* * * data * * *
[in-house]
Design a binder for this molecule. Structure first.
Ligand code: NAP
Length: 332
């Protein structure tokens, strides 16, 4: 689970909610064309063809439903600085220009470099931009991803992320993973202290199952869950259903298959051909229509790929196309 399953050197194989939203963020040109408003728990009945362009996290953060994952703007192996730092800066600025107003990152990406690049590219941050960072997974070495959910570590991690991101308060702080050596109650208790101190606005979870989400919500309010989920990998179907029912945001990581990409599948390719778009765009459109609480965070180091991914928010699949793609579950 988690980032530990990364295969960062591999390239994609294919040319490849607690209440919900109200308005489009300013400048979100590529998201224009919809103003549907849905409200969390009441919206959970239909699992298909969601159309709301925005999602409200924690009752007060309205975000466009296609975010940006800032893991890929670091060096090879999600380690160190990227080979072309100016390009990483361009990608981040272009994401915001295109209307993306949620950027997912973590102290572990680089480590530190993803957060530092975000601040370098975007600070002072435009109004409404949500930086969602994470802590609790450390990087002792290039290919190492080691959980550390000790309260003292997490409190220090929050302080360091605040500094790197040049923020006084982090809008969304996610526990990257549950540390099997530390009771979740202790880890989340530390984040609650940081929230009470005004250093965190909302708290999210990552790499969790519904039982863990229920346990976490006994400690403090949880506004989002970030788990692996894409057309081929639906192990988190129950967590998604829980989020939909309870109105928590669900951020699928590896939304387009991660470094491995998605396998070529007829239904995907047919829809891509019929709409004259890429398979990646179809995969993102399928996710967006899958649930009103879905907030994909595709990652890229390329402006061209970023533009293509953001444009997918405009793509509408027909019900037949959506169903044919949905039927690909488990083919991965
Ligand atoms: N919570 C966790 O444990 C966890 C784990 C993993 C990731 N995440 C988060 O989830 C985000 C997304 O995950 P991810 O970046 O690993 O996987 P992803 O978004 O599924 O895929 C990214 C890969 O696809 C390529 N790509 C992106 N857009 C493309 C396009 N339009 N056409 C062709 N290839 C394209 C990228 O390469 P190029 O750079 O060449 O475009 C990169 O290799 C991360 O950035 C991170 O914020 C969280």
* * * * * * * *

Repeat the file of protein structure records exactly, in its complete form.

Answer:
[in-house]
Design a binder for this molecule. Structure first.
Ligand code: NAP
Length: 332
């Protein structure tokens, strides 16, 4: 689970909610064309063809439903600085220009470099931009991803992320993973202290199952869950259903298959051909229509790929196309 399953050197194989939203963020040109408003728990009945362009996290953060994952703007192996730092800066600025107003990152990406690049590219941050960072997974070495959910570590991690991101308060702080050596109650208790101190606005979870989400919500309010989920990998179907029912945001990581990409599948390719778009765009459109609480965070180091991914928010699949793609579950 988690980032530990990364295969960062591999390239994609294919040319490849607690209440919900109200308005489009300013400048979100590529998201224009919809103003549907849905409200969390009441919206959970239909699992298909969601159309709301925005999602409200924690009752007060309205975000466009296609975010940006800032893991890929670091060096090879999600380690160190990227080979072309100016390009990483361009990608981040272009994401915001295109209307993306949620950027997912973590102290572990680089480590530190993803957060530092975000601040370098975007600070002072435009109004409404949500930086969602994470802590609790450390990087002792290039290919190492080691959980550390000790309260003292997490409190220090929050302080360091605040500094790197040049923020006084982090809008969304996610526990990257549950540390099997530390009771979740202790880890989340530390984040609650940081929230009470005004250093965190909302708290999210990552790499969790519904039982863990229920346990976490006994400690403090949880506004989002970030788990692996894409057309081929639906192990988190129950967590998604829980989020939909309870109105928590669900951020699928590896939304387009991660470094491995998605396998070529007829239904995907047919829809891509019929709409004259890429398979990646179809995969993102399928996710967006899958649930009103879905907030994909595709990652890229390329402006061209970023533009293509953001444009997918405009793509509408027909019900037949959506169903044919949905039927690909488990083919991965
Ligand atoms: N919570 C966790 O444990 C966890 C784990 C993993 C990731 N995440 C988060 O989830 C985000 C997304 O995950 P991810 O970046 O690993 O996987 P992803 O978004 O599924 O895929 C990214 C890969 O696809 C390529 N790509 C992106 N857009 C493309 C396009 N339009 N056409 C062709 N290839 C394209 C990228 O390469 P190029 O750079 O060449 O475009 C990169 O290799 C991360 O950035 C991170 O914020 C969280």